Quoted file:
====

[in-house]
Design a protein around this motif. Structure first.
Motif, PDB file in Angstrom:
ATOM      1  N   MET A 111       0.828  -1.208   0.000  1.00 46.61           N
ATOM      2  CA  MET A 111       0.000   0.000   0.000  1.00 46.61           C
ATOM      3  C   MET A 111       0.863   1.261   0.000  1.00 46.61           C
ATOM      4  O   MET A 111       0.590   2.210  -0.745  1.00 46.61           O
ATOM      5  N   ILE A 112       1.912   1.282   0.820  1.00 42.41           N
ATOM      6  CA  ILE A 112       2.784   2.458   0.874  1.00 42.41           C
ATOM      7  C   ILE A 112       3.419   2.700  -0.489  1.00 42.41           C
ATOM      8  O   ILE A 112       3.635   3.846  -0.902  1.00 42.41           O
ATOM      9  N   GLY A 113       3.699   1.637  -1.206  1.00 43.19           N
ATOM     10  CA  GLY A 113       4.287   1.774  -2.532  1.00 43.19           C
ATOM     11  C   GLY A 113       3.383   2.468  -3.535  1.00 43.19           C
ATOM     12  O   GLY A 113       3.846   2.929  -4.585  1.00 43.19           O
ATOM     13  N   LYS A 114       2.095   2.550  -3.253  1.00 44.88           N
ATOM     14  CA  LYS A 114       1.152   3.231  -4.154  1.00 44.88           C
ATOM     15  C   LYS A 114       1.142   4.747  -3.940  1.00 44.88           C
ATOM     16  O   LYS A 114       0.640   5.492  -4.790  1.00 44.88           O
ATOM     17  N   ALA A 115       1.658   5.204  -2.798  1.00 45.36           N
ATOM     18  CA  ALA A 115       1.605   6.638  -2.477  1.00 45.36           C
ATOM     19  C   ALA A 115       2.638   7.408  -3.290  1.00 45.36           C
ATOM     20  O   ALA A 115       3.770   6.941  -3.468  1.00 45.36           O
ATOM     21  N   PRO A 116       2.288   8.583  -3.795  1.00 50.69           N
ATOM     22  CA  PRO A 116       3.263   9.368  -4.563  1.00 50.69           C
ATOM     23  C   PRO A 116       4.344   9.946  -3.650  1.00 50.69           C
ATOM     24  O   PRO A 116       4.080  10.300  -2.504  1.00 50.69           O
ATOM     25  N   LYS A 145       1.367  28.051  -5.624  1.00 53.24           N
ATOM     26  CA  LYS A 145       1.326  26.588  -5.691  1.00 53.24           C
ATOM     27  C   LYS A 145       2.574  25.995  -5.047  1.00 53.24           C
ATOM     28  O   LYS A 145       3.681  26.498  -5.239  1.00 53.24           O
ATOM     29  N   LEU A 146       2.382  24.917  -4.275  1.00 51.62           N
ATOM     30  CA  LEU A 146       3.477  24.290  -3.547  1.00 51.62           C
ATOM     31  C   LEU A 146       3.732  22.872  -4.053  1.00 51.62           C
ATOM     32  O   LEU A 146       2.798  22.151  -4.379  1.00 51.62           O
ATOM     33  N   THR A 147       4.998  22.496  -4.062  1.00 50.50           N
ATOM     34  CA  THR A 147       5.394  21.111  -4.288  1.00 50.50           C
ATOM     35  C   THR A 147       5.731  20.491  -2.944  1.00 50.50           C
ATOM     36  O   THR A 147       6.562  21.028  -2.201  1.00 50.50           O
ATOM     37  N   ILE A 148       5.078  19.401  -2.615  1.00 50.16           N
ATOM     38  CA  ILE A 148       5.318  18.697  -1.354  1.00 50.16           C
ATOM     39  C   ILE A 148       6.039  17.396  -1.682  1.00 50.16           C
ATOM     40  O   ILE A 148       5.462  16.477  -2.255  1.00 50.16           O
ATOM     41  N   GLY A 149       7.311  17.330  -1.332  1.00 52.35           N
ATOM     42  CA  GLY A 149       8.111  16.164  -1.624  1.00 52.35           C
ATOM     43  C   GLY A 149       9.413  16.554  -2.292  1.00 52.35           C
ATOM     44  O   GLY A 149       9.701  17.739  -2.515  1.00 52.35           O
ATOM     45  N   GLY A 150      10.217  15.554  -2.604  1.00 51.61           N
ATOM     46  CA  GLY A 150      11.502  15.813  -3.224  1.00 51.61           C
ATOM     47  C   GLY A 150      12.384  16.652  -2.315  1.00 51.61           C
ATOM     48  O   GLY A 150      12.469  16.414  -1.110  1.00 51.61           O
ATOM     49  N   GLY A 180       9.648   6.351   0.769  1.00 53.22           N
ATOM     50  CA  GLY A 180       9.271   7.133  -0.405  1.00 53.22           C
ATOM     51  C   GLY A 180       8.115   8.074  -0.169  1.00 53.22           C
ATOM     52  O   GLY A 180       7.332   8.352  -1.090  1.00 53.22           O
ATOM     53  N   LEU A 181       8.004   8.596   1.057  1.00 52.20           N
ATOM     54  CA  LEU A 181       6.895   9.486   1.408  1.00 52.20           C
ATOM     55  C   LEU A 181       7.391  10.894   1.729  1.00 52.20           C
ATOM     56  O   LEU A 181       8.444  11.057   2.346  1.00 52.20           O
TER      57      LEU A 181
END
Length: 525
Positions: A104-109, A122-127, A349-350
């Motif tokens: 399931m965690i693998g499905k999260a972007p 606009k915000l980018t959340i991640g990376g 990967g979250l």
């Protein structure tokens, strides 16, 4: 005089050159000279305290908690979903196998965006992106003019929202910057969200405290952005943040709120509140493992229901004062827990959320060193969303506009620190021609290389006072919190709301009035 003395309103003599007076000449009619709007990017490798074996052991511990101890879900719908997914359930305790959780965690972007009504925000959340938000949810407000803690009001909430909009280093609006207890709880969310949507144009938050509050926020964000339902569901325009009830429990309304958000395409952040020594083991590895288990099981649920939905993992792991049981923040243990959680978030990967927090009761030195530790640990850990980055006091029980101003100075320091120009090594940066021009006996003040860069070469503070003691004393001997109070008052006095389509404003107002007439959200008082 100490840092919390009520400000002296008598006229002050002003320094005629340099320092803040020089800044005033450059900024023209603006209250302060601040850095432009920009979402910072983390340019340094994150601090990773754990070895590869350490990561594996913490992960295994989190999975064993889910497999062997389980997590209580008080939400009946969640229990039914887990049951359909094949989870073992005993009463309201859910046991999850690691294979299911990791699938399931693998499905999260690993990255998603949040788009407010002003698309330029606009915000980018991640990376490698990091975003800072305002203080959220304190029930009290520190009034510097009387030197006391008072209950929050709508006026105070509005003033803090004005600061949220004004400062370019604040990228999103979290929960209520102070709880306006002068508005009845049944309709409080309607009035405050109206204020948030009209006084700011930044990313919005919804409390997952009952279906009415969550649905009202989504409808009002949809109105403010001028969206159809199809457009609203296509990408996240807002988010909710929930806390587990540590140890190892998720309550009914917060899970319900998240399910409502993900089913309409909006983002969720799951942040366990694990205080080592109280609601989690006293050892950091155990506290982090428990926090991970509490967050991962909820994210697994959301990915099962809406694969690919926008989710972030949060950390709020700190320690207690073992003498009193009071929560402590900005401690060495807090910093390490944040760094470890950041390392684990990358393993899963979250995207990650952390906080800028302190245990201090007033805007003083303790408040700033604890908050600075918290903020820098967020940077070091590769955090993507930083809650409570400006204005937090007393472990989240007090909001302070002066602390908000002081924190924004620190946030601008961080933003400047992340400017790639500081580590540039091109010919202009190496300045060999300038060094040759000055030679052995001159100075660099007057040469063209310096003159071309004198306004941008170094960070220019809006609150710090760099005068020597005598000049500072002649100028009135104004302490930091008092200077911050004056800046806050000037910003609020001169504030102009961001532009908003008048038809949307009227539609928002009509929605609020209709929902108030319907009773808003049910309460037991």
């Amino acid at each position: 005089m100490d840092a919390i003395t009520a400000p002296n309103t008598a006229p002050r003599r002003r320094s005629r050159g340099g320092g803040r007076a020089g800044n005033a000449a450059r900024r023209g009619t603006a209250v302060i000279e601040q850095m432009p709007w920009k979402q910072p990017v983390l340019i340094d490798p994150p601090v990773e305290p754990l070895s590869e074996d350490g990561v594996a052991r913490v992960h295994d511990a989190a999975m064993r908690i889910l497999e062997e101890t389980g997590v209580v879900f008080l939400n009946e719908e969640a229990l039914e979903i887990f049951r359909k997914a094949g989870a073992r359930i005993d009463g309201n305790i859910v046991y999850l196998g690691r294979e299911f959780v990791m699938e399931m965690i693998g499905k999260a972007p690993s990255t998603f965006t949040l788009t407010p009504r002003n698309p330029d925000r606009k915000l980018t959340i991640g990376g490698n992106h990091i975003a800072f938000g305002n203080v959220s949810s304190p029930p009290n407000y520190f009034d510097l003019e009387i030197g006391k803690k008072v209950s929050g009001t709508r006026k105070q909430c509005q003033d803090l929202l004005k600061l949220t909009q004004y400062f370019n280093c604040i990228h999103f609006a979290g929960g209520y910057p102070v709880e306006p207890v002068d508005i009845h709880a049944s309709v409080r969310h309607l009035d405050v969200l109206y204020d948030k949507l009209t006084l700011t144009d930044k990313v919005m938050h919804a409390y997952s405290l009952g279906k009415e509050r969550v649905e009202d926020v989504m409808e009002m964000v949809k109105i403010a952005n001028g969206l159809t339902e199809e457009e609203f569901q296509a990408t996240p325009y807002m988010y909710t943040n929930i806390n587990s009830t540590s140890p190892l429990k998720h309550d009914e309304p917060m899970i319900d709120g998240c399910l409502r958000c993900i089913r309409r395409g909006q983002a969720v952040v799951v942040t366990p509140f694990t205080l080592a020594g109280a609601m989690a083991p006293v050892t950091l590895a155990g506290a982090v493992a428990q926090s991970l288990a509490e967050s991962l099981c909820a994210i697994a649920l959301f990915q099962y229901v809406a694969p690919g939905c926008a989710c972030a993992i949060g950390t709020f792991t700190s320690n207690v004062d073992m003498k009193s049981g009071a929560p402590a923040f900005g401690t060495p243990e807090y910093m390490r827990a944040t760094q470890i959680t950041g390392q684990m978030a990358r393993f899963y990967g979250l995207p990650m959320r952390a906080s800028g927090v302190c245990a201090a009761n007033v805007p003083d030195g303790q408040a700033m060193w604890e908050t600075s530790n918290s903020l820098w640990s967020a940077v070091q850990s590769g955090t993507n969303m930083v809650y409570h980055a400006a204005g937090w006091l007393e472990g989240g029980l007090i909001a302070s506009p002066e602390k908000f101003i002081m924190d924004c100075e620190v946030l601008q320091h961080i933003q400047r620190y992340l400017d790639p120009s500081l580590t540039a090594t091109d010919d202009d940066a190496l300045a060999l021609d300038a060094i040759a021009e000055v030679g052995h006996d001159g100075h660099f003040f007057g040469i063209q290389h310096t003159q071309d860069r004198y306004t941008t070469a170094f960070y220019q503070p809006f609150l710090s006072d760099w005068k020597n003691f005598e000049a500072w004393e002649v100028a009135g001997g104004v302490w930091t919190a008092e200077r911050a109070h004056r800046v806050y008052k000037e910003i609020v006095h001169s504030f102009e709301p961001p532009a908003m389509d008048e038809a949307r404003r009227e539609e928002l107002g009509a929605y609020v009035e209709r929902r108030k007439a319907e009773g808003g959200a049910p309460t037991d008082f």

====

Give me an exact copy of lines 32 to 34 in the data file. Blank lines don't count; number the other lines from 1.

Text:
ATOM     29  N   LEU A 146       2.382  24.917  -4.275  1.00 51.62           N
ATOM     30  CA  LEU A 146       3.477  24.290  -3.547  1.00 51.62           C
ATOM     31  C   LEU A 146       3.732  22.872  -4.053  1.00 51.62           C